I took a peek in the tool bag today. Purely by accident as I was looking for something else but found the tool bag instead. I have to say that I was pleasantly surprised by what I found in there. Unlike with all the other bikes that I have owned the KTM toolkit actually contains most of the tools you need to take care of small repairs on the road. With the tools provided you can pretty much tighten or undo any bolt or screw on the bike. KTM has also thoughtfully provided a 2 beer bottle openers in case one gets misplaced. Good thinking. Nothing ruins a trip like beer you have with you, but can't drink.

Wednesday, June 4, 2014

The little brother - 2014 KTM Chicago M-Disc mountain bike

I know next to nothing about bikes, but I needed one and a KTM seemed like the natural choice. I could have gone with a road bike, but I felt my bike needed to have knobbies out of principle but also because of the winter commute. Finding an online dealer that sells KTM bikes turned out to be surprisingly difficult. None of the big online retailers like or seemed to have KTMs. After some furious web surfing I stumbled into which turned to have a good selection of bikes at very reasonable prices. (saved a bundle compared to the prices of the only in country retailer). More importantly the customer service was superb. I got very fast replies to all  my e-mails and they went to some extra trouble of switching the brakes on my bike, as I originally inquired about a bike that had different brakes than the one I ended up ordering.

The bike arrived in a neatly packaged box. The wheels, gear changer, handle bars and pedals needed to be assembled on the bike, but even without instructions it was not too much trouble. The fenders are extra accessories as is the luggage rack. The fenders came with the shipment, but the rack is el cheapo brand from some discount store. I did go the extra mile by swapping the brakes around so that the right brake is the front as it should be.

What does all this have to do with the 690 Enduro R. Nothing. I'm hoping though that using the mountain bike gets me into better shape and let's me enjoy the 690 a bit more. 

2014 KTM Chicago M Disc

Tuesday, June 3, 2014

2014 690 Enduro R fuel economy

So far my personal record is 223 km (or 138 miles) before the reserve light comes on. That equals a consumption of  4,26 liters per 100 km which meas that you get 23,4 km per liter (or 55,2 miles per gallon). I made no effort save fuel, but I didn't ride like madman either.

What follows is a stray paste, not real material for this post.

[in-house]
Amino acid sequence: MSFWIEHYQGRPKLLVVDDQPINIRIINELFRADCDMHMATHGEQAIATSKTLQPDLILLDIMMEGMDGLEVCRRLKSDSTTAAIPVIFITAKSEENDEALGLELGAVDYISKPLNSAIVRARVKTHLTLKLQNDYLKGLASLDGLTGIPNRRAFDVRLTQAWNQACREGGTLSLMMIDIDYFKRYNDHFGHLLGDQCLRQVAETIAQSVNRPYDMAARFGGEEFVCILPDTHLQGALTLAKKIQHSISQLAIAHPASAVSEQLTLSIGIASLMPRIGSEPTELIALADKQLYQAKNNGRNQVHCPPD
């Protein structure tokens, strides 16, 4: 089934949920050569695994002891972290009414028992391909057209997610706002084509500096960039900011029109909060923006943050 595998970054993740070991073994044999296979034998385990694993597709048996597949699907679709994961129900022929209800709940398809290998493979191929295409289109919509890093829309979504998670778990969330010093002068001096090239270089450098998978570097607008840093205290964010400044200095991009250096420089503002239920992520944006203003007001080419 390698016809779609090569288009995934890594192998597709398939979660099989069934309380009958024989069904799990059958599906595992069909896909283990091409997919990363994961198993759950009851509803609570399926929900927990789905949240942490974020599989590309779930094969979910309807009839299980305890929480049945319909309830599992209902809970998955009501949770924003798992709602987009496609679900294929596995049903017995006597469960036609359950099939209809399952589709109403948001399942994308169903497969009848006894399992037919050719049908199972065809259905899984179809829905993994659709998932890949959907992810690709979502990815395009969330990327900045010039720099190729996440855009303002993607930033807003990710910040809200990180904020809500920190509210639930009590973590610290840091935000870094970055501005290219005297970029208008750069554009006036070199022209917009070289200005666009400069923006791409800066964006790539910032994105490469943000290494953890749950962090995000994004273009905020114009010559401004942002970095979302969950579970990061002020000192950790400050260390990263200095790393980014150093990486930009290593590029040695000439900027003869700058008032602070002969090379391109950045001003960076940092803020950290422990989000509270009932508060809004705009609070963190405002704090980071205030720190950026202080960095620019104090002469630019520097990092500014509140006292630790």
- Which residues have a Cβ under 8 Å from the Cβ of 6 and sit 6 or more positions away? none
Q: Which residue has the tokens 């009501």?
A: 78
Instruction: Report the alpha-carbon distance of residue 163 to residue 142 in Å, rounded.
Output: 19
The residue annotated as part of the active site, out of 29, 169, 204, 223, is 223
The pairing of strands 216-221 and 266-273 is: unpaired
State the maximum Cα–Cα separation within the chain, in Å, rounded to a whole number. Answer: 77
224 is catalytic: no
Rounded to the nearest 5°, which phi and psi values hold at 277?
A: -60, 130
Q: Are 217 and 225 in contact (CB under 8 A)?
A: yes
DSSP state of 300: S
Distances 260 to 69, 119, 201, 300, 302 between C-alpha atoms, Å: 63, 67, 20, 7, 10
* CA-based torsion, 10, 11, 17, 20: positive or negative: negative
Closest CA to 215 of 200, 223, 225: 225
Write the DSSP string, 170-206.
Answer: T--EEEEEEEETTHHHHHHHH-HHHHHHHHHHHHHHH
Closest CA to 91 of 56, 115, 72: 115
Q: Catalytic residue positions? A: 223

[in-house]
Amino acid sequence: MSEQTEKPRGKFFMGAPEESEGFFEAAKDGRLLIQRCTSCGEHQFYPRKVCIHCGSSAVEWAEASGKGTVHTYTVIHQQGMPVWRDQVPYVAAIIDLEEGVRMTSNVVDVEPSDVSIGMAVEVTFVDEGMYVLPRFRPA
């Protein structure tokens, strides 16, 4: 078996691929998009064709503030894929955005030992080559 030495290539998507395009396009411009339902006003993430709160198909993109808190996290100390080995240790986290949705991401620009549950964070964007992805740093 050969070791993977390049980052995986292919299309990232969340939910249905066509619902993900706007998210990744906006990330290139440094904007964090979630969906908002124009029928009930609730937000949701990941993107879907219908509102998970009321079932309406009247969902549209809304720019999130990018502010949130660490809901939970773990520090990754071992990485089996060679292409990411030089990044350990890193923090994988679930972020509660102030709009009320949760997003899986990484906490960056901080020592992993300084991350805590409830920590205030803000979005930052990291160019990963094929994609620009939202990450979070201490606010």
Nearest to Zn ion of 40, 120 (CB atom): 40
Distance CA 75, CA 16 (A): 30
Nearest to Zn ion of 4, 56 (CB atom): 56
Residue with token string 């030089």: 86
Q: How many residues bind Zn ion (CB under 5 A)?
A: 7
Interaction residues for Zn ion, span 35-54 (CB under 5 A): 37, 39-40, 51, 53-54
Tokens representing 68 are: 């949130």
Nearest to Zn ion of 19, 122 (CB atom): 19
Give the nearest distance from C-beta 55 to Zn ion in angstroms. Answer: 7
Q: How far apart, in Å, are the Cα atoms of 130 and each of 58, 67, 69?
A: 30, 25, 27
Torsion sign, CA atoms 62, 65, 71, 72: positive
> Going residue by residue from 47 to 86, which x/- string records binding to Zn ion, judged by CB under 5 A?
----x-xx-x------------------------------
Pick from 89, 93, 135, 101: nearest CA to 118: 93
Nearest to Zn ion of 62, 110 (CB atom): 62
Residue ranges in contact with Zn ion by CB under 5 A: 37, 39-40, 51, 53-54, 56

On a slightly related note, I haven't once managed to insert 9 liters of fuel to the the tank once the reserve light comes on let alone 9,5 that should fit in there given that the reserve tank should be 2,5 liters. This leads me to believe that the warning light comes on a little early and the actual consumption may be slightly less than what I've calculated.

Sunday, June 1, 2014

+500 km test run

As preparation for the upcoming longer trip heading to the shores of the Barents sea and Norwegian sea I did a + 540 km test run. The purpose was to test the packing and most of all the bearable daily saddle time on the 690. The long trip has to be done in 3 days which means that on average the daily amount of kilometres must be around 700 (435 miles). I had no doubts that the bike could handle anything that was required, but my ass on the other hand, might not. I decided to ditch the "ergo" seat and use the standard seat as it feels much more comfortable no matter how I've tried to break in the ergo seat.

Test run results

Seat / comfort
8 hours of seat time today. The stock seat is bearable, but at 400 km (5-6 hrs) mark it was not really fun anymore. Riding standing up is not really an option at higher speeds as it too wears you down. 

As expected the daily km amount of +500 is no issue. Today's run was over 9 hours, but only because the route included some pretty tiny forest roads.

The waterproof duffel bag works good enough. I will be ditching the KTM rear bag. Refilling is a chore, but it only takes 3 minutes extra to move the bag out of the way and back again. Not too bad. I will be packing only the bare essentials, so the duffel and tank bag combined will be enough. If push comes to shove, I will put some stuff in a back bag.

Everything is very comfy up to 94 km/h. After that, there is still plenty of go left, but some buzz starts to make itself know. Neglible at first, but once you hang at 100 km/h for an hour, you will feel it.